The one common denominator I have seen in our most devoted readers over the years is that they refuse to give up until they find their personal version of health and healing. They might start with the medical system, but they will eventually start to seek understanding and answers elsewhere. They go out on their own personal journey to create their own health, and often, that’s when the magic happens. They might find their answer in acupuncture, or they might find it in changing jobs or relationships. They might find their answer through yoga or running, or they might find it through dancing or going on a vision quest. They might find their answer in eliminating gluten and GMOs, or they might find it by consulting with a shaman. Or through all of the above! That’s when Prevention magazine is at its best—when it’s your guidebook for your personal journey toward health, healing, happiness, and love.
Because let’s face it and face it head-on: Being healthy isn’t just about looking good on the outside. Fads and extreme diets are not going to protect your long-term mental and physical well-being. But your behaviors just might. That’s why the idea of Prevention has to be expanded to include things beyond the traditional definition of health-promoting habits—good food and exercise—to include things like emotions, environment, behaviors, relationships, and yes, love—love of yourself and of others.
Because let’s face another truth here. We can work hard to prevent an early death, but our goal is not to live forever (ummm, that would get old and boring pretty quickly). Our goal is to live a good life and, when we’re done, to have a peaceful death. And hopefully, we’ll all leave our world a little better off after our time here.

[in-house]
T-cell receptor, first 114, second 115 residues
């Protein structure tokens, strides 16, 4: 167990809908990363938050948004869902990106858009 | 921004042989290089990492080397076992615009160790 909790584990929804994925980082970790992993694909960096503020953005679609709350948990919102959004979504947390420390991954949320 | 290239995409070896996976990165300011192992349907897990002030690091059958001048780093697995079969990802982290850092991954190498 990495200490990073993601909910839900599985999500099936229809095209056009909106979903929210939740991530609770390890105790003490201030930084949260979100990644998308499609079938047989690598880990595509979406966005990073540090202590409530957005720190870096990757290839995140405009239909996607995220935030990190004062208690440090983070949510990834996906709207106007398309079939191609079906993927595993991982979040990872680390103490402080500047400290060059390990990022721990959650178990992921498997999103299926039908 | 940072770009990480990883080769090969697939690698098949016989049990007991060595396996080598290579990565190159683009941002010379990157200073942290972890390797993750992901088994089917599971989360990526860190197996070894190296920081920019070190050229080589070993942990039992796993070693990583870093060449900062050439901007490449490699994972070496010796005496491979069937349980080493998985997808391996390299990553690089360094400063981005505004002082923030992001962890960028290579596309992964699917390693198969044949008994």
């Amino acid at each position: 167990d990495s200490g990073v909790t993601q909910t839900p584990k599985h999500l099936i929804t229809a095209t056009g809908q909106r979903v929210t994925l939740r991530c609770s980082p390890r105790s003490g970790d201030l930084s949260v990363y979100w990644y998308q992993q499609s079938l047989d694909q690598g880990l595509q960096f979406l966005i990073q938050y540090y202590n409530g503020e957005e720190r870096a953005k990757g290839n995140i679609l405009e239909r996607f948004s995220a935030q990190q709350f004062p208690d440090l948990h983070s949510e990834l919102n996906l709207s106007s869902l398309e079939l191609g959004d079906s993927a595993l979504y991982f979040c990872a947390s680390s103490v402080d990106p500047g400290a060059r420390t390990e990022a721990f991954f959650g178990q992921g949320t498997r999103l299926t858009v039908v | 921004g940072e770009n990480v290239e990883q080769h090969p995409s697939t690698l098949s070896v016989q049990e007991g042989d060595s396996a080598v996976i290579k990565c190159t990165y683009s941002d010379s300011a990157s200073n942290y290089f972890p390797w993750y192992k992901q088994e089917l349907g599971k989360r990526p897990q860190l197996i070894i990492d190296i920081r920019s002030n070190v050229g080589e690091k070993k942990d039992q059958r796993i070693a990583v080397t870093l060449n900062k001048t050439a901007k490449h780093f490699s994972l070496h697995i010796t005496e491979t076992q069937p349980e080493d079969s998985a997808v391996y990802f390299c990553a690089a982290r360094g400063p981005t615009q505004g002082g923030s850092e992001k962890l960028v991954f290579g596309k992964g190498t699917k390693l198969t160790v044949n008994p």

Sixty-six years after Prevention was launched, our world is more complicated than ever. We now know that obesity isn’t just about counting calories and having willpower, but about everything from endocrine disruptors to our gut microbiome. We know that DNA isn’t hardwired, but more like software that can be changed by both our behaviors and our environment (epigenetics). We also know that environmental health is crucial to our personal health. Our increasing attachment to technology and numerous mobile devices is not only impacting us physiologically (neck pain, vision troubles, and such), but is also affecting everything from our social patterns to our sleep schedules…and now we’re increasingly looking to these same devices to manage our health care! Getting to the bottom of what we need to know, as well as how to digest it all, is what we are here to help with.
And that, my friends, is why we are taking Prevention advertising free starting in July 2016. If we are truly to fulfill the spirit and promise of the Prevention brand, we need the freedom to say what needs to be said and done in order to make the whole world healthier, happier, and safer. This is something my family and I have wanted to do for years. But now, finally, the time is right.
We need to take a hard look at the state of America’s healthcare system—the problems and challenges, the costs and resources—and how to navigate the consistently changing landscape. And healing our approach to health care—personally and collectively—can’t happen from a place of fear; it can only happen with courage and a willingness to take risks and make change. Prevention has shown the way since 1950, and it’s about to show the way again. And personally, I am extremely excited about what the future holds…for all of us!
One of my favorite sayings of all is from the movie Strictly Ballroom: “A life lived in fear is a life half lived.” Well, here is to a long, healthy, happy fearless life lived to the fullest with love, joy, pleasure, deep meaning, and purpose!
We’d be interested in knowing more about your advertising ideas. We are a group of professionals working out of the Twin Ponds building. At least 15 mixed professions, tai chi, counseling, body workers, food consultants, movement therapists.